Monday, September 18, 2017

Aramaic prayers and Selihot

1) During our class prior to Minha last week, we discussed the issue of saying the Aramaic portions of the Selihot while praying without a minyan. The Selihot Bet Yaakob, which our synagogue uses, lists several relevant halakhot, among them: 

The Aramaic portions of the Selihot should not be recited by individuals but only with a minyan. Therefore, when ten people are not yet present, the Aramaic portions should be skipped and should be said only after the tenth person arrives.

We discussed the Talmudic source (Shabbat 12) upon which this matter is based - the gemara (Shabbat 12) states that the malakhei ha-sharet do not understand Aramaic, which diminishes the efficiency of an individual's prayer.

We mentioned that the pesak preventing an individual from saying these prayers follows Hakham Ovadia Yosef's opinion in Yehaveh Da'at 3:34.

2) We mentioned, as well, that R. Yisshak Yosef recounted that upon his first encounter with Hakham Yom Tob Yedid (18 years ago), the latter admonished him for listing this law in Siddur Hazon Ovadia. Hakham Yom Tob's claim, in line with Kaf HaHayim, was that although the individual's Aramaic prayer may lose efficacy in such a circumstance, there is no reason to prevent him from saying it. 

3) R. Yisshak Yosef quoted to Hakham Yom Tob the teshuvah of Ben Ish Hai in Torah LiShemah (no. 49). We read and discussed the details of that teshuvah.

4) Interestingly, R. Meir Mazouz disagreed with Hakham Ovadia on this matter, and permitted individuals to recite the Aramaic portions. He claimed that this is the long-standing Sephardic minhag, and brought several proofs in its support.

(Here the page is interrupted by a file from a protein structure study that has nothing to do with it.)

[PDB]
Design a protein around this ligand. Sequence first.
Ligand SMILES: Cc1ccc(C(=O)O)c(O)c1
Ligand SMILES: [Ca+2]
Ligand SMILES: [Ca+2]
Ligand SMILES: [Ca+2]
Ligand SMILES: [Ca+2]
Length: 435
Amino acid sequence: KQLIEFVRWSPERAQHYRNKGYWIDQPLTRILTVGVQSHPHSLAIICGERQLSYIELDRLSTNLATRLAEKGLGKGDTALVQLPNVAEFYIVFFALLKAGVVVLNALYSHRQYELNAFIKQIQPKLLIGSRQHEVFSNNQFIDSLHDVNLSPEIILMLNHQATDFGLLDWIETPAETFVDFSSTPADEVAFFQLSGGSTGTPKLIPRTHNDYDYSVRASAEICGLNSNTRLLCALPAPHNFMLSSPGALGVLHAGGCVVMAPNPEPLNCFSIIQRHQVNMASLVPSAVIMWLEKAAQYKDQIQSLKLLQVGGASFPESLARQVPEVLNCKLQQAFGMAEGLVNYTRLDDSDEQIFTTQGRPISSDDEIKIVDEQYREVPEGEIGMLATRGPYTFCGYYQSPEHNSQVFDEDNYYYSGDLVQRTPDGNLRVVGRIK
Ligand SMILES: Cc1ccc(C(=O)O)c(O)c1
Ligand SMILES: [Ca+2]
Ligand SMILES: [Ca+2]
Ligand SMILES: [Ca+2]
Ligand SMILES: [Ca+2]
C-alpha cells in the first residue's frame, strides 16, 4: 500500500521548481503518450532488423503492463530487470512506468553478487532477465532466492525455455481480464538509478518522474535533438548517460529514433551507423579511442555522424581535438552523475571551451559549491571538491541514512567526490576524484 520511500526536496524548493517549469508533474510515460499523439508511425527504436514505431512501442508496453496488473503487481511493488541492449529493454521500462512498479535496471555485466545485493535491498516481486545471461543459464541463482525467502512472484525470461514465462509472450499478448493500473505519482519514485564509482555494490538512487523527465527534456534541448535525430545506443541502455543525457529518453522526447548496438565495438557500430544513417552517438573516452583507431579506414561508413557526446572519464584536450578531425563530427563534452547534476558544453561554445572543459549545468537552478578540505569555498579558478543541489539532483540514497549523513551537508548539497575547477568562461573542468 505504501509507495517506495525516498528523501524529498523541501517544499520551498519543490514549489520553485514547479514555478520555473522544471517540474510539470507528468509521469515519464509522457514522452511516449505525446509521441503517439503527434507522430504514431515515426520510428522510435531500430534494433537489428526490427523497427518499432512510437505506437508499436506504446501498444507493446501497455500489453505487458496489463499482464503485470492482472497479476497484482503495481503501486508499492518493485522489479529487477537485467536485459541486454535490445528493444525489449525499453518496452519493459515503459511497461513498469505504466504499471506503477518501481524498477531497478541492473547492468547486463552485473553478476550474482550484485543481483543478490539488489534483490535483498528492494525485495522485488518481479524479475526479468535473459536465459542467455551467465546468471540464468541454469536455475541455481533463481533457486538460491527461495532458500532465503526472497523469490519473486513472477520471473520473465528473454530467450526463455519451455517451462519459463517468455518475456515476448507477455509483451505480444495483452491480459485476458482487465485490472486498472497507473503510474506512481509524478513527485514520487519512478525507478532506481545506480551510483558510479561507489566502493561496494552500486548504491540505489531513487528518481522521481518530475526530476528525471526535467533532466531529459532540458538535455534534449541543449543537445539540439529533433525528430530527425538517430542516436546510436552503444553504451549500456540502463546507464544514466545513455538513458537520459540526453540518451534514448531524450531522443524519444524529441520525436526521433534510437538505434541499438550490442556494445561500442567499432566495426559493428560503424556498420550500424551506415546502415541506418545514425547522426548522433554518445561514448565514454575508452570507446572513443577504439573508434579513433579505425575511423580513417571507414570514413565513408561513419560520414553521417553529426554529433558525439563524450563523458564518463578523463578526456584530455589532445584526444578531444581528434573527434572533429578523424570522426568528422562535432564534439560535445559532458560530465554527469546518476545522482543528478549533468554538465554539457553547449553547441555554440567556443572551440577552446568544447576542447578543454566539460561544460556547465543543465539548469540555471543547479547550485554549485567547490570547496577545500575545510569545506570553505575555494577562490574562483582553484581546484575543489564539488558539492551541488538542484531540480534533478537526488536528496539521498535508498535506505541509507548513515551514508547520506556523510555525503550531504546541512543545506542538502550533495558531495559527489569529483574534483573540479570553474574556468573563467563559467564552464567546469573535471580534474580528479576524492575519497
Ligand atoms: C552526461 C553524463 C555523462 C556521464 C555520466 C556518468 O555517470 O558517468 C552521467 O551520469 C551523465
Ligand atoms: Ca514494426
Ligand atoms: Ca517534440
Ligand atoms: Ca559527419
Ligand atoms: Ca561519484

5) R. Reuven Chaim Klein analyzed the general concept of malakhei ha-sharet not understanding Aramaic from various angles, providing a good scope of the rabbinic history on this matter, in his (English) book, Lashon HaKodesh: History, Holiness & Hebrew (available here). 

Lewis Glinert briefly mentioned the fierce rabbinic condemnation of Aramaic prayers, as part of a larger section in his recently published The Story of Hebrew (available here).

6) Marc Shapiro discussed the theological difficulty posed by the notion of malakhei ha-sharet's involvement with our prayers, as the core of his discussion of HaRambam's fifth ikkar, in his The Limits of Orthodox Theology: Maimonides' Thirteen Principles Reappraised (available here). 

This specific analysis of Shapiro was subsequently contested by several people, which we will discuss on another occasion. In the meantime, listen to the two classes wherein we discussed the general significance of Rambam's ikkarim here and here. Follow along with the source sheets here and here.

Click on any of the above hyperlinks to access the cited text.